Power of the people

Published 11:11 am Monday, December 4, 2017

GATESVILLE – Never underestimate the power of the people.

After listening to the passionate pleas of five individuals here Nov. 20, it appears the Gates County Board of Commissioners are poised to compromise on their plans to make changes to the county’s Animal Control Ordinance.

Among those proposed changes is the definition of proper shelter, which reads: Constant access to sufficient shelter, three (3) walls, a roof and a floor that sits above the ground and protects from the weather, i.e. rain, wind, snow, hail, sleet, and/or sun. Barns and farm shelters are excluded from being required to have a floor that sits above the ground.

That one part of proposed changes sparked the majority of the dialogue at the Nov. 20 meeting. There, Carol Whitt, Gary Ingram, Kimberly Owens, Denise Miller and Stephen Long each encouraged the commissioners to take another look at the definition of proper shelter, as well banning tethering, before reaching a final decision.

In her remarks, Whitt referenced the same concerns shared by county citizens and animal rights activists in the aftermath of a highly publicized death of a dog in early July. Allegedly that dog overheated in the un-shaded backyard of its home on Roundtree Lane while chained to a plastic doghouse. That death sparked outrage nationally on social media sites.

“Three walls, a roof and a floor, according to our ordinance, but that dog still suffered and died,” Whitt remarked. “That dog was just one of many, you just haven’t heard about the others. What these dogs need are proper shelter, water, and responsible owners. Our ordinance does not need any loopholes.”

“There are already state and federal (animal control) ordinances that can supplement for our ordinance, they just need to be enforced,” noted Ingram, who also used the occasion to announce his bid for Gates County Sheriff in the 2018 election. “Ignorance of the law is no excuse; humanity and common decency is instilled upon us by God and humane treatment of domestic and farm animals should be obvious.”

Owens said the “buck needs to stop with you (the commissioners).”

“None of you would put your pets in this type of living environment,” she said. “Would you put a chain around your dog’s neck? We shouldn’t have to beg you all for something that to me is just common sense.”

“There are people here, and not present, that are hoping you will do something to protect our animals,” said Miller.

Long said he owns five deer dogs that are kept in a clean environment and he treats them well.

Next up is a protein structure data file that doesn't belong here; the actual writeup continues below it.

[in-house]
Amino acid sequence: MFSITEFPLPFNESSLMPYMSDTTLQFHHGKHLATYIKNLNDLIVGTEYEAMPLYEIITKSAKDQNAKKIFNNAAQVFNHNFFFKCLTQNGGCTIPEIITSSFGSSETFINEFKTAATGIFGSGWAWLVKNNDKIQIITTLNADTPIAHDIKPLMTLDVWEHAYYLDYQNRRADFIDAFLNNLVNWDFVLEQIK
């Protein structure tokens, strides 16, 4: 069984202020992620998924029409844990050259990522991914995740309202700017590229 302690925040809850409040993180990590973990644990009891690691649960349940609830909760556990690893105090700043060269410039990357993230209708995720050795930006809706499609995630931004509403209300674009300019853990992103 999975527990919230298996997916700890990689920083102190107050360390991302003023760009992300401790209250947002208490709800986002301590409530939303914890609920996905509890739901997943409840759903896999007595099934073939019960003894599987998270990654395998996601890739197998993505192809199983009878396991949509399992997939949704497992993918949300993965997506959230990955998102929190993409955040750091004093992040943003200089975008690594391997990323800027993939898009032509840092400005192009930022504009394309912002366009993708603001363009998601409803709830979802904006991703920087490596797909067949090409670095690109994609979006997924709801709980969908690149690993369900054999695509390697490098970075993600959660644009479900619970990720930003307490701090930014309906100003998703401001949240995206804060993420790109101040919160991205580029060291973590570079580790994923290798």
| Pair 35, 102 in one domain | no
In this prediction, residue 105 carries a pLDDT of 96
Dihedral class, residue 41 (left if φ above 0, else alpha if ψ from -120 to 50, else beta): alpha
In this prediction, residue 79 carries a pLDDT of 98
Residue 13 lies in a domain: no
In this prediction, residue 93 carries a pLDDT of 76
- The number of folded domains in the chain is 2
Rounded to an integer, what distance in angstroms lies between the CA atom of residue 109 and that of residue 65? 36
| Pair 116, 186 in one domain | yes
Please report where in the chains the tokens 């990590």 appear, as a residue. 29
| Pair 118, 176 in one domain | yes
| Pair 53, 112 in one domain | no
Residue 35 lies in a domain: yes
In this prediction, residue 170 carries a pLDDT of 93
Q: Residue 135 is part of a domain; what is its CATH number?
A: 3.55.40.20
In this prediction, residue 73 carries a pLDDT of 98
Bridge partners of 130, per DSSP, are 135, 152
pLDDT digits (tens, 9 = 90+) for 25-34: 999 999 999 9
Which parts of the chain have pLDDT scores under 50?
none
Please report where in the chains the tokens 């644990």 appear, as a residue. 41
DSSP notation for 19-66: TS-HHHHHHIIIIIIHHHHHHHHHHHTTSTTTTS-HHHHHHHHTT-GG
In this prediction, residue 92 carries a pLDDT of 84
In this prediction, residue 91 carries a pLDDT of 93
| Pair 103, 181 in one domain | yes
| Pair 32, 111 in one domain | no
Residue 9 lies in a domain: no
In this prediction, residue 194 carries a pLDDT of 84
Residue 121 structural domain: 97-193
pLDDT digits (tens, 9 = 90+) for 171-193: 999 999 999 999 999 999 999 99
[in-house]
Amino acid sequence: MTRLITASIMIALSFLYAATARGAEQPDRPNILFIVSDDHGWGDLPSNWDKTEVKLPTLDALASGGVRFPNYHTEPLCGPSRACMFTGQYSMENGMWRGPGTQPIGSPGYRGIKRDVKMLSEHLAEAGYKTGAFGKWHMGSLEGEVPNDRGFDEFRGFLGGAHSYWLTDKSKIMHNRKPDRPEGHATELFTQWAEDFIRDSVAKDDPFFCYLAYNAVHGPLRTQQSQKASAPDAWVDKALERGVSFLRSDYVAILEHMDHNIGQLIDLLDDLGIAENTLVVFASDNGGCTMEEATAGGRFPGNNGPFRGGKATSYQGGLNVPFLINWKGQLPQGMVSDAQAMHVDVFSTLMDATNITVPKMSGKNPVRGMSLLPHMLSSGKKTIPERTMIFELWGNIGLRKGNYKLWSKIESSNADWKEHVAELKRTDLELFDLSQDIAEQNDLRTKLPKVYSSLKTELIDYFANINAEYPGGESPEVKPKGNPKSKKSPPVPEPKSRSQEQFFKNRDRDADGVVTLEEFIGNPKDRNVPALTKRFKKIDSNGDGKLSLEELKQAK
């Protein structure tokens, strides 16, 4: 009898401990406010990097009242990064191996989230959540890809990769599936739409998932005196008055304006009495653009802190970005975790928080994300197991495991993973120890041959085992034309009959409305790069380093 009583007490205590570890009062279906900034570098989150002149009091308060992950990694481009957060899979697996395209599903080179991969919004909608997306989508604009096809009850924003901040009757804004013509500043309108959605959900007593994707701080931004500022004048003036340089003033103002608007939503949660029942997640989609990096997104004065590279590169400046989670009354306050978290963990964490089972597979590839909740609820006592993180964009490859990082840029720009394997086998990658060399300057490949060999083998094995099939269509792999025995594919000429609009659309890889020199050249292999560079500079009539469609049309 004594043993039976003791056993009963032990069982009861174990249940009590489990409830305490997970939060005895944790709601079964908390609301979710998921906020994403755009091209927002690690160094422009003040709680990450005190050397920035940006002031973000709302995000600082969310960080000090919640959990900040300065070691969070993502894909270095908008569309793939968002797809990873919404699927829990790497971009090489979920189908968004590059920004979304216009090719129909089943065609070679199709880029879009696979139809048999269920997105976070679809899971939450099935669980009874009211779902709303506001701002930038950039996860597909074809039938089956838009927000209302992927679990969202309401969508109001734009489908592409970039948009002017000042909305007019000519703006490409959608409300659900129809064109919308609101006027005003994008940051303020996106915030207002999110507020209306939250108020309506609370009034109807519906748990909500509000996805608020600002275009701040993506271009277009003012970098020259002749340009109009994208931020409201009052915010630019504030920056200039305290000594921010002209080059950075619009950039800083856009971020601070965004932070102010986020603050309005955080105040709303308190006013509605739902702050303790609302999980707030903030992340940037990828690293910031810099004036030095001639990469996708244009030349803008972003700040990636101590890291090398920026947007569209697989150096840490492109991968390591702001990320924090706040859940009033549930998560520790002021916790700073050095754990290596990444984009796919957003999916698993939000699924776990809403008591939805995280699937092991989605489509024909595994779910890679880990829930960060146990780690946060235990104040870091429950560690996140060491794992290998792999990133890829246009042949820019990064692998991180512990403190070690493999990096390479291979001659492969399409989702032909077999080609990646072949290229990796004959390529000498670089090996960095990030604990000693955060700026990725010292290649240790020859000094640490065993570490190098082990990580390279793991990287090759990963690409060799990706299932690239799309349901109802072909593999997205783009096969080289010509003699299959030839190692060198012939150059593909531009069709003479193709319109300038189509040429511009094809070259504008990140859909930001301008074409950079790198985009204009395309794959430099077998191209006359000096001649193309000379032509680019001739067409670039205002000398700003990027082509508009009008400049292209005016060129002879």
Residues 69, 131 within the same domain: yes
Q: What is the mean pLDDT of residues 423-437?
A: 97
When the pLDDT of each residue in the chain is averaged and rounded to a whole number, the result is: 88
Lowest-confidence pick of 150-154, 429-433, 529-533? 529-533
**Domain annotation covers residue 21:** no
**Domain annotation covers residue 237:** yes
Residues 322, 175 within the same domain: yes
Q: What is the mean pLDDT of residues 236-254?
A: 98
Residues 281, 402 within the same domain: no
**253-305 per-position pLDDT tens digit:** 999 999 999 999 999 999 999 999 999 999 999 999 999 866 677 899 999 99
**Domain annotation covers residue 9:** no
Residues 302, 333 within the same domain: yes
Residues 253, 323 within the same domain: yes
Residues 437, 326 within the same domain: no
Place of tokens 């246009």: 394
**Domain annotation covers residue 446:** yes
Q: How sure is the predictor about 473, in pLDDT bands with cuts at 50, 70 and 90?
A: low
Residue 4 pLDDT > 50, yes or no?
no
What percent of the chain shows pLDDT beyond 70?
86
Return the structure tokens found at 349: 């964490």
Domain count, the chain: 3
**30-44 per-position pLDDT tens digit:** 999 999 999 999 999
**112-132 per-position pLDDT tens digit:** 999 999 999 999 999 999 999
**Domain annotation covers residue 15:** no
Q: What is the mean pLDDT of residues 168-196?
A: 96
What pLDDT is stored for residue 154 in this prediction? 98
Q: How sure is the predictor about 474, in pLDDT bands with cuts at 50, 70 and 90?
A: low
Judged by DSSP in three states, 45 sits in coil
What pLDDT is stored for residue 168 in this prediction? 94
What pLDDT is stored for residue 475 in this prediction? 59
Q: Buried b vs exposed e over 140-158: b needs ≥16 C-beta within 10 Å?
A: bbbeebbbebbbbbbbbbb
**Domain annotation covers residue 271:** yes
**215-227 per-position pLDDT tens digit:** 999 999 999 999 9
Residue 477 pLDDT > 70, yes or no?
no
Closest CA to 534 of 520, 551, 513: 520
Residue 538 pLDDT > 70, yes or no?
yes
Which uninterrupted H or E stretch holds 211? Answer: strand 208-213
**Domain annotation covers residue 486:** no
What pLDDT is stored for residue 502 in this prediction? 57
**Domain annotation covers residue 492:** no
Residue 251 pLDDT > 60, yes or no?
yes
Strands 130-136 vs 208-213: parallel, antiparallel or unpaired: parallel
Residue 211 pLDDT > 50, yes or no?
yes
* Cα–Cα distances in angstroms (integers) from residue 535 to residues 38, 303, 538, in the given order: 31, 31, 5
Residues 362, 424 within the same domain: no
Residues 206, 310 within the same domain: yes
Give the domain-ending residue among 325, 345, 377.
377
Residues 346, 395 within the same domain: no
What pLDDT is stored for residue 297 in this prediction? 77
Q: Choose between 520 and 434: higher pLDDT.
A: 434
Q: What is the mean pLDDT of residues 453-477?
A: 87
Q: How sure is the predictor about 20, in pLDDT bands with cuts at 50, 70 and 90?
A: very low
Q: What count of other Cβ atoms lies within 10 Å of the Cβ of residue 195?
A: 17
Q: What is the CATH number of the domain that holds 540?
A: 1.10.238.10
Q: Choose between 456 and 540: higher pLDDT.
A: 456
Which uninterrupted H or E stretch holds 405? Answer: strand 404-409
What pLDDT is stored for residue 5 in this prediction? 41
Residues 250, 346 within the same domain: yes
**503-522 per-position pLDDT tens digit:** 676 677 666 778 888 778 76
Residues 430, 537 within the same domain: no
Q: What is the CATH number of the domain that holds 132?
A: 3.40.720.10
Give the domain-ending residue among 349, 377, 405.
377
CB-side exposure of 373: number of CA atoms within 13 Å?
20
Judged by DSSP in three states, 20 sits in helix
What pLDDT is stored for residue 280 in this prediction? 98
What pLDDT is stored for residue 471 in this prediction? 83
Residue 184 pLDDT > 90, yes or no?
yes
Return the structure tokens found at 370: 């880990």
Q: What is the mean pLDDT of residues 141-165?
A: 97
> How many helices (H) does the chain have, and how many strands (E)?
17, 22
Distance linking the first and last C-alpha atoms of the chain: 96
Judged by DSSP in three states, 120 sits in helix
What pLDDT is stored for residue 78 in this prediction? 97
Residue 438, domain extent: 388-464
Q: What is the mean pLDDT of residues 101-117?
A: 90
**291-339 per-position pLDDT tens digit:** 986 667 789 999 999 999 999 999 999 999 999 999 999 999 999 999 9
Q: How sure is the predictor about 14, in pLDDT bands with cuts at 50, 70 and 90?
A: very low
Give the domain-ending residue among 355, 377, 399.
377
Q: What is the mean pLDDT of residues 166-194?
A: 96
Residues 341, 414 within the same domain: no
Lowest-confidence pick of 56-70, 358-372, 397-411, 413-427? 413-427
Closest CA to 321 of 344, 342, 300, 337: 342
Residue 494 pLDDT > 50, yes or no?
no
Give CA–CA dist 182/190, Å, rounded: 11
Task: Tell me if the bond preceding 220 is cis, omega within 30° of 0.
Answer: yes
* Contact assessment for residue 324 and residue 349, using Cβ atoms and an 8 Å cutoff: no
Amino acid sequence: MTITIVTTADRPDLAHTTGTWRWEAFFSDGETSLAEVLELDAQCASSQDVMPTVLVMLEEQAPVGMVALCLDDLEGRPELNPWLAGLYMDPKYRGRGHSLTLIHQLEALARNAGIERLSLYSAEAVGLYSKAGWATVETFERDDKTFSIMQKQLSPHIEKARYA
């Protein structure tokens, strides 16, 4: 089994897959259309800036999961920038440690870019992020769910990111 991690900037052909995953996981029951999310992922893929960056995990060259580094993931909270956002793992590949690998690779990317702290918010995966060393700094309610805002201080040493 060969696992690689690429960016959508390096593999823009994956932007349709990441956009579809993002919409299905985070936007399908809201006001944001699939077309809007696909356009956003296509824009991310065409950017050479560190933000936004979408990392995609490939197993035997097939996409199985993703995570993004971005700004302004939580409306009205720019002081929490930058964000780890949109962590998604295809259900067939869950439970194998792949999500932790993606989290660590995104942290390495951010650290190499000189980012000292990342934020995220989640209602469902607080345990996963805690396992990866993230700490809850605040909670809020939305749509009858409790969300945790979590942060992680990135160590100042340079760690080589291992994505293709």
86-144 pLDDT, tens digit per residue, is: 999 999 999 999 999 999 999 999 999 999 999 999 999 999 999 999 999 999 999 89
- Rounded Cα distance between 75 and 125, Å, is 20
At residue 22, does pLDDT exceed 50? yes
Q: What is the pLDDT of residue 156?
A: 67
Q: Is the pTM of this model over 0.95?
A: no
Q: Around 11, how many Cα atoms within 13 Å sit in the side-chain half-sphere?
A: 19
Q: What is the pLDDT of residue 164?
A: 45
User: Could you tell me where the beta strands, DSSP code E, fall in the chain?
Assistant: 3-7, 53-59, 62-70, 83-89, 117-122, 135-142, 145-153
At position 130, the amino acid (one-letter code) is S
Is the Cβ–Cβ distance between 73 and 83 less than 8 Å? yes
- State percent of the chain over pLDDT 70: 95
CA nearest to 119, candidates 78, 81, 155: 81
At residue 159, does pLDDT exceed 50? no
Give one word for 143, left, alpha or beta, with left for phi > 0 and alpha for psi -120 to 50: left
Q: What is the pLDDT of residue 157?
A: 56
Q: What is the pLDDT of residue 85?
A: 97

At the close of the public hearing, the commissioners could have approved their proposed changes to the Animal Control Ordinance. However, after over 45 minutes of debate, to include asking audience members for their input, they opted to table the issue for additional study.

The sticking point of that debate was the definition of proper housing. On more than one occasion the commissioners seemed to be in agreement that the definition needs to be carefully written in order to give the sheriff’s office, especially the animal control officer, a wide range of discretion in enforcement.

To prove a point in how critical the wording is, Commissioner Billy Felton pointed to the comments made by Stephen Long.

“I know he treats his dogs well, but because he said he uses plastic barrels as doghouses, by definition that’s improper shelter because it does not have three walls,” Felton said. “We need to revisit this (proposed changes) so what he (Long) has is legal.”

Another concern was to ensure to have the opening (door) to a doghouse protected above by a overhang. That will prevent direct sunlight as well as the weather elements from entering.

There was also conversation about prohibiting the use of animal carriers (wired cages or crates made from wood or plastic) as proper shelter in an outside, residential environment.

Adequate space within a dog house, depending on the size of the animal, was also a topic of debate as was thermal protection (against heat and cold) for domestic animals.

As for tethering/chaining, the commissioners propose that no animal shall be chained outdoors unattended without a chain, cable or tether designed to be attached to a harness, if deemed necessary by the Animal Control Officer. The maximum weight limit for a chain or tether shall not exceed 10 percent of the animal’s body weight.  All tethers shall be a minimum of ten (10) foot in length and have a swivel at both ends to prevent twisting and tangling.

There was pro and con debate on tethering….some see it as the worse form of inhuman treatment of an animal while others see it as a necessary evil due to the aggressive nature of some breeds of dogs.

“A lot of good points have been brought up here tonight,” said Commission Chair Linda Hofler. “There some things I’ve heard that we need to include (in the ordinance). I think we need to re-write some of this and let our (board) attorney to take a look at that and make sure what we’ve written is enforceable.”

The commissioners agreed to go back to the drawing board and re-address their proposed changes.

About Cal Bryant

Cal Bryant, a 40-year veteran of the newspaper industry, serves as the Editor at Roanoke-Chowan Publications, publishers of the Roanoke-Chowan News-Herald, Gates County Index, and Front Porch Living magazine.

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